The Slipperly Slope of DOJ v. Google

Steven Levy’s Newsweek article on the DOJ v. Google issue closes with a prescient warning of the slipper slope allowing government access to web search history would create:

Though the government intends to use these data specifically for its COPA-related test, it’s possible that the information could lead to further investigations and, perhaps, subpoenas to find out who was doing the searching. What if certain search terms indicated that people were contemplating terrorist actions or other criminal activities? Says the DOJ’s Miller, “I’m assuming that if something raised alarms, we would hand it over to the proper [authorities].” Privacy advocates fear that if the government request is upheld, it will open the door to further government examination of search behavior. One solution would be for Google to stop storing the information, but the company hopes to eventually use the personal information of consenting customers to improve search performance. “Search is a window into people’s personalities,” says Kurt Opsahl, an Electronic Frontier Foundation attorney. “They should be able to take advantage of the Internet without worrying about Big Brother looking over their shoulders.”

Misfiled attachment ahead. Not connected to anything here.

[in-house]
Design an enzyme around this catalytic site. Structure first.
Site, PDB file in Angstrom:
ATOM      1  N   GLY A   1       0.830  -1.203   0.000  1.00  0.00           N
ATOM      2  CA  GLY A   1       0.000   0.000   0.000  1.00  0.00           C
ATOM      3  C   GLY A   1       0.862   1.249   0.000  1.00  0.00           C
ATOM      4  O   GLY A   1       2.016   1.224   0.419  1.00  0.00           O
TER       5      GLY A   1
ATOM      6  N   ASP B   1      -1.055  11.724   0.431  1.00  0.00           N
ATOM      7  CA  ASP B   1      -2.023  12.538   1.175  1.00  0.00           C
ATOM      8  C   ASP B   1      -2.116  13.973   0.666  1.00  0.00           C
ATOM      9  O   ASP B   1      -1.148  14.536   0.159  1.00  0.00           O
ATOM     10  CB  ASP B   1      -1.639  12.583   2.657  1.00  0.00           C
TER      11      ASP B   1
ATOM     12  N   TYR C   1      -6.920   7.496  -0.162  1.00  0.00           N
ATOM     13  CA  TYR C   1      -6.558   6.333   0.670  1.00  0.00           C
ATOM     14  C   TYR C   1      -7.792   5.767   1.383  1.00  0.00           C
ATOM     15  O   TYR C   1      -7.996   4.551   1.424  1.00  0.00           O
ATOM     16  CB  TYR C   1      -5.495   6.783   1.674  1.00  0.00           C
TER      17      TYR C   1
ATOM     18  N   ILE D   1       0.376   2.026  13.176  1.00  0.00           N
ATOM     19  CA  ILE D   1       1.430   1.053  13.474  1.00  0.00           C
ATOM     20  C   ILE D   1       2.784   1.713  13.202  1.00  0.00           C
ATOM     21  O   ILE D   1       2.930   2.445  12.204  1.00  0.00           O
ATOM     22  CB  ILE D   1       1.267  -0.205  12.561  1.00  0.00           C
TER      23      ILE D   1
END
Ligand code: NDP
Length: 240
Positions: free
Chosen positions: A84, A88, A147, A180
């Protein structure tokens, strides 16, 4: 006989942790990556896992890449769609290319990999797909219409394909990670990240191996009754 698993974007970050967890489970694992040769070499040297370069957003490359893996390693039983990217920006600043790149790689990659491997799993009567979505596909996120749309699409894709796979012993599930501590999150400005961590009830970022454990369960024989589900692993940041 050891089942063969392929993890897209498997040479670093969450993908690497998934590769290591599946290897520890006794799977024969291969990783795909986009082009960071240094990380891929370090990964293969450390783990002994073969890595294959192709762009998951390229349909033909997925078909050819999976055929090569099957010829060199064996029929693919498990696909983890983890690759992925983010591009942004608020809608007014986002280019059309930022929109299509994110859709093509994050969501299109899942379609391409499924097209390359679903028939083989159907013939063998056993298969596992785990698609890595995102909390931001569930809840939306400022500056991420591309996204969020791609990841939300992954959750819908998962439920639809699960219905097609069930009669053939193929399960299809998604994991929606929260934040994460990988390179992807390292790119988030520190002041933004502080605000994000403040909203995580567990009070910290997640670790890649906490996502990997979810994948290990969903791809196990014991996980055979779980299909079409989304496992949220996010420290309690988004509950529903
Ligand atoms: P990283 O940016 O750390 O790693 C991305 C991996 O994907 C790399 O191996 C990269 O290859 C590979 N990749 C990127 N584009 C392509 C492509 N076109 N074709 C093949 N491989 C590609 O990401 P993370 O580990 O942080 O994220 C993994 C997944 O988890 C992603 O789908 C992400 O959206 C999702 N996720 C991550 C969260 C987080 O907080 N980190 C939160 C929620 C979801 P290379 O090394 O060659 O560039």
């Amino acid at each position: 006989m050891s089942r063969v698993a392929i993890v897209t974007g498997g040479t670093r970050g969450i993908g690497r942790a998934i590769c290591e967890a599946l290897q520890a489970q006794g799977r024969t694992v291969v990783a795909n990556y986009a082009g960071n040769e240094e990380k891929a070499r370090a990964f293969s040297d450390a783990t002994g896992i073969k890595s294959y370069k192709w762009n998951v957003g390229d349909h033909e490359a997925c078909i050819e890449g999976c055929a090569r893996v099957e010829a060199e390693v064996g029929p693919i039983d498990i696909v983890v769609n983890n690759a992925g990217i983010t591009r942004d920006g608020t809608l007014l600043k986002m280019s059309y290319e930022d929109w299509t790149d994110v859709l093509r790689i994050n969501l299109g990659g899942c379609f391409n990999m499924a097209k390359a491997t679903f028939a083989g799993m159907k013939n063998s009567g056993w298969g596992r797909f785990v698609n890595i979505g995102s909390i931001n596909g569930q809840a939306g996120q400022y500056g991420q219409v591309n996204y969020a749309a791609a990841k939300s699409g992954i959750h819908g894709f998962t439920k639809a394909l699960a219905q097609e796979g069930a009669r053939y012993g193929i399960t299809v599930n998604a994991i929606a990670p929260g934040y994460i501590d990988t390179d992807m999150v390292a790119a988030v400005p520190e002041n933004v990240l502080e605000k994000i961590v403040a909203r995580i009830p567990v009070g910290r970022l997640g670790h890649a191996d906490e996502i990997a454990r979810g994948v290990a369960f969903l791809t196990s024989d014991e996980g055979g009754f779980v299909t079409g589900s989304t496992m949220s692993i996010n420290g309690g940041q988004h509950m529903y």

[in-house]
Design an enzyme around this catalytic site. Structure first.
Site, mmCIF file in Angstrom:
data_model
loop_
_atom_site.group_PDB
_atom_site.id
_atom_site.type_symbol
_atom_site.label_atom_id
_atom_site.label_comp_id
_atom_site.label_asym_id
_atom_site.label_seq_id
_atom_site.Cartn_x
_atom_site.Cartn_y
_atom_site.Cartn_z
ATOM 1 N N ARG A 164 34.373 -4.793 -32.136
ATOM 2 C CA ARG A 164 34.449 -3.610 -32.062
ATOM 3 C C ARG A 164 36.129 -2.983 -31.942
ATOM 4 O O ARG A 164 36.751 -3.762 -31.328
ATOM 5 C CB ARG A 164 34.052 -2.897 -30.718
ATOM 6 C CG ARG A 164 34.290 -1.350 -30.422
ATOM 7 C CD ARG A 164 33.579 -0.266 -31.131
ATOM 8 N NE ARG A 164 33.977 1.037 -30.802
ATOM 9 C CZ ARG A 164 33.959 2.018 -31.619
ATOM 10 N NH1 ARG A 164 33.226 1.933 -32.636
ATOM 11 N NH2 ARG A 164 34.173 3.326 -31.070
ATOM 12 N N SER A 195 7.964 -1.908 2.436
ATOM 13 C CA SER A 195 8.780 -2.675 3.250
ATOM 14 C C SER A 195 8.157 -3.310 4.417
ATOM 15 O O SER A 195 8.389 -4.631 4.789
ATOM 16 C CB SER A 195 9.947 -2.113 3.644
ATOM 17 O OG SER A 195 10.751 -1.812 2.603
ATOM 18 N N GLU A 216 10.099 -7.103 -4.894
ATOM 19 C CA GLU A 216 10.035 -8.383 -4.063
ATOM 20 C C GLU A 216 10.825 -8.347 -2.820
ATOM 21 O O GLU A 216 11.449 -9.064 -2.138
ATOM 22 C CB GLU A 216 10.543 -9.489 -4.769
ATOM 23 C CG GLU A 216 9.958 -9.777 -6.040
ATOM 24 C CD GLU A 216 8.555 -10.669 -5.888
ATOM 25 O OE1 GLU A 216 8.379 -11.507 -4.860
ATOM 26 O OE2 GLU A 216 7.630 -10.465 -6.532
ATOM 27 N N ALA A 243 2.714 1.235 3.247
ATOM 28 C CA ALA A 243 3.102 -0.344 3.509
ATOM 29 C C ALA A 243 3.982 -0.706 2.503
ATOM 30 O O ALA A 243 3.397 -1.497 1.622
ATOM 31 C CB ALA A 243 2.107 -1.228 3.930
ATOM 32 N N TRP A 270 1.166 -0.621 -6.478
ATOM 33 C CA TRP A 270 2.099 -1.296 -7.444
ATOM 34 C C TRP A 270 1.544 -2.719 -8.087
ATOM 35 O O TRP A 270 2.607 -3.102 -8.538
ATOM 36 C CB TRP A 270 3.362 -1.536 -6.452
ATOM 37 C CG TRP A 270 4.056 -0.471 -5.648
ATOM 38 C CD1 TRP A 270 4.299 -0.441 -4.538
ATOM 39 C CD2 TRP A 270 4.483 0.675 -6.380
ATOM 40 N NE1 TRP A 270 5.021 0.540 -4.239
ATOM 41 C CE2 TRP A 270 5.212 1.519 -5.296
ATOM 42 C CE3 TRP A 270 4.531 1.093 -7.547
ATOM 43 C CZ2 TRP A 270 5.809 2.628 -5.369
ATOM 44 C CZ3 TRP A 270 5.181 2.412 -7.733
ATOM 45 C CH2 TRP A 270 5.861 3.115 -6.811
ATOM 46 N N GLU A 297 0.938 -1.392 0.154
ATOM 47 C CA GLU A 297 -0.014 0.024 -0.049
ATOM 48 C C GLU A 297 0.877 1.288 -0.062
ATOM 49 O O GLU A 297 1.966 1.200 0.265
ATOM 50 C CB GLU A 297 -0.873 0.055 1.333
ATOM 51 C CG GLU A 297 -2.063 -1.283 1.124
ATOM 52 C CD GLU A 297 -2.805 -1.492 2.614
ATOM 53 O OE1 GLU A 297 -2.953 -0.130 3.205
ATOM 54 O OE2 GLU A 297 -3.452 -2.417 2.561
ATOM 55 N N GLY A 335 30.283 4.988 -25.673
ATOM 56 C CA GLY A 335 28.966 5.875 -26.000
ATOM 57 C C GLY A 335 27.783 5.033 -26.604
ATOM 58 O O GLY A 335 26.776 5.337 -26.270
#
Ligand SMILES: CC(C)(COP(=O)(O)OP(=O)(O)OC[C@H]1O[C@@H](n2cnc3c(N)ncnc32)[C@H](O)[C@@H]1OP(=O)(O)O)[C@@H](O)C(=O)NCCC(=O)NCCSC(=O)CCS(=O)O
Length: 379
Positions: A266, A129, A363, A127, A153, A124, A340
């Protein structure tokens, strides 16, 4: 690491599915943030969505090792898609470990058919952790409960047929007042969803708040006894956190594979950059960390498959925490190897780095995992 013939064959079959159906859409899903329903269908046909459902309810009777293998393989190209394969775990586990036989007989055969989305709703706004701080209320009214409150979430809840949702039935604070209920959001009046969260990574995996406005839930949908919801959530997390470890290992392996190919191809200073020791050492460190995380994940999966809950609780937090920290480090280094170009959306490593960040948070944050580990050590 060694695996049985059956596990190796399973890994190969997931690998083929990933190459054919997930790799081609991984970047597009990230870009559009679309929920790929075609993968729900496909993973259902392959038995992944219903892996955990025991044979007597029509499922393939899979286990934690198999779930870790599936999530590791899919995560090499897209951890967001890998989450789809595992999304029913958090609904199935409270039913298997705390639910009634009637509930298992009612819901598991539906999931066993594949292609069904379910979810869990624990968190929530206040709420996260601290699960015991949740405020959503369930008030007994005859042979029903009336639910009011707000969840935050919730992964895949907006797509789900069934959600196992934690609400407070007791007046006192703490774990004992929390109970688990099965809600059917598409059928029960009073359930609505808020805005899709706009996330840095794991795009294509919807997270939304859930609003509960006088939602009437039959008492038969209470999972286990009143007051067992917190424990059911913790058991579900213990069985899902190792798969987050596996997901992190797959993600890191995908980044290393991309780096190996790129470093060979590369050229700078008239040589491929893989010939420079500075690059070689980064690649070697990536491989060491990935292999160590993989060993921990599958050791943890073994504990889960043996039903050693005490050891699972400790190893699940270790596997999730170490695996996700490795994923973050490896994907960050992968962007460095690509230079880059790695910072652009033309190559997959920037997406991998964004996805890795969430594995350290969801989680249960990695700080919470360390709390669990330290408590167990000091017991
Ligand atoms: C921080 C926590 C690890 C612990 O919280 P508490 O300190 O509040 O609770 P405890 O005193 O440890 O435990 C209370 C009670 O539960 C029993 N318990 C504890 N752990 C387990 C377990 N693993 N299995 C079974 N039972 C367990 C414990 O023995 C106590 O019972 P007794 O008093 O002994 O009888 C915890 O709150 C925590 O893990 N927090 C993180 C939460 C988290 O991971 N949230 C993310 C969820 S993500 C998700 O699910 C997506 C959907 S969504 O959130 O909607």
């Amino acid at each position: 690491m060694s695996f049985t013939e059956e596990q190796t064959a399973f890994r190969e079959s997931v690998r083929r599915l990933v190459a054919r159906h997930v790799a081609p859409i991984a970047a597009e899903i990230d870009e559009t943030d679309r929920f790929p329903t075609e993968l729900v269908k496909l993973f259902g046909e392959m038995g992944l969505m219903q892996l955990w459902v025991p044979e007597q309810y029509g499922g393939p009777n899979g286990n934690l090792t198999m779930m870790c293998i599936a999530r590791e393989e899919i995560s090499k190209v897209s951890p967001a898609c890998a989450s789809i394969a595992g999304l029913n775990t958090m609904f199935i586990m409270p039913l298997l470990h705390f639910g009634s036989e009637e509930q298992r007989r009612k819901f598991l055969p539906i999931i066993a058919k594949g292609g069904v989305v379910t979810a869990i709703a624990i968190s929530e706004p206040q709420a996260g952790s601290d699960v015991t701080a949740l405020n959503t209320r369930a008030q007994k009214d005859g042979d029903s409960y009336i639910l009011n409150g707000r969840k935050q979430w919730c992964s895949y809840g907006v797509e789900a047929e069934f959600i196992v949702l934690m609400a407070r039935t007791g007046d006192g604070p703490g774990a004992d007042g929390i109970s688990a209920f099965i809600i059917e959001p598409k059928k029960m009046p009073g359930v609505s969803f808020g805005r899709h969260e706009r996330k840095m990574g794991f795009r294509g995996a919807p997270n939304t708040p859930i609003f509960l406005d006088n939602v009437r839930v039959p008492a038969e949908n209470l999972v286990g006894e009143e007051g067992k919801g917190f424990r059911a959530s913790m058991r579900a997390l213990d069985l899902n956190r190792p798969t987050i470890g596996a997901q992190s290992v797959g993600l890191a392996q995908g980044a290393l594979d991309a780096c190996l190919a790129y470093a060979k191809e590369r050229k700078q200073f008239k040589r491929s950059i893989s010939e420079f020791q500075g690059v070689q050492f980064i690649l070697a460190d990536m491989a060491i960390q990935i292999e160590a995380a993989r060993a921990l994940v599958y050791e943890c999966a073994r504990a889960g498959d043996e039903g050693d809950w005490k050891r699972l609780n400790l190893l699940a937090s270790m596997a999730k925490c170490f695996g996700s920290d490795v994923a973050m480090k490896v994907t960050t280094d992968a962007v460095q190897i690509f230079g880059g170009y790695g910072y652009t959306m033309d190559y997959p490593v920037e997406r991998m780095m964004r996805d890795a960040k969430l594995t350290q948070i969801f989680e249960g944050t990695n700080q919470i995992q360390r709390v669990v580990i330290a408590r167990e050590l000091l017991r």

[via John Battelle]

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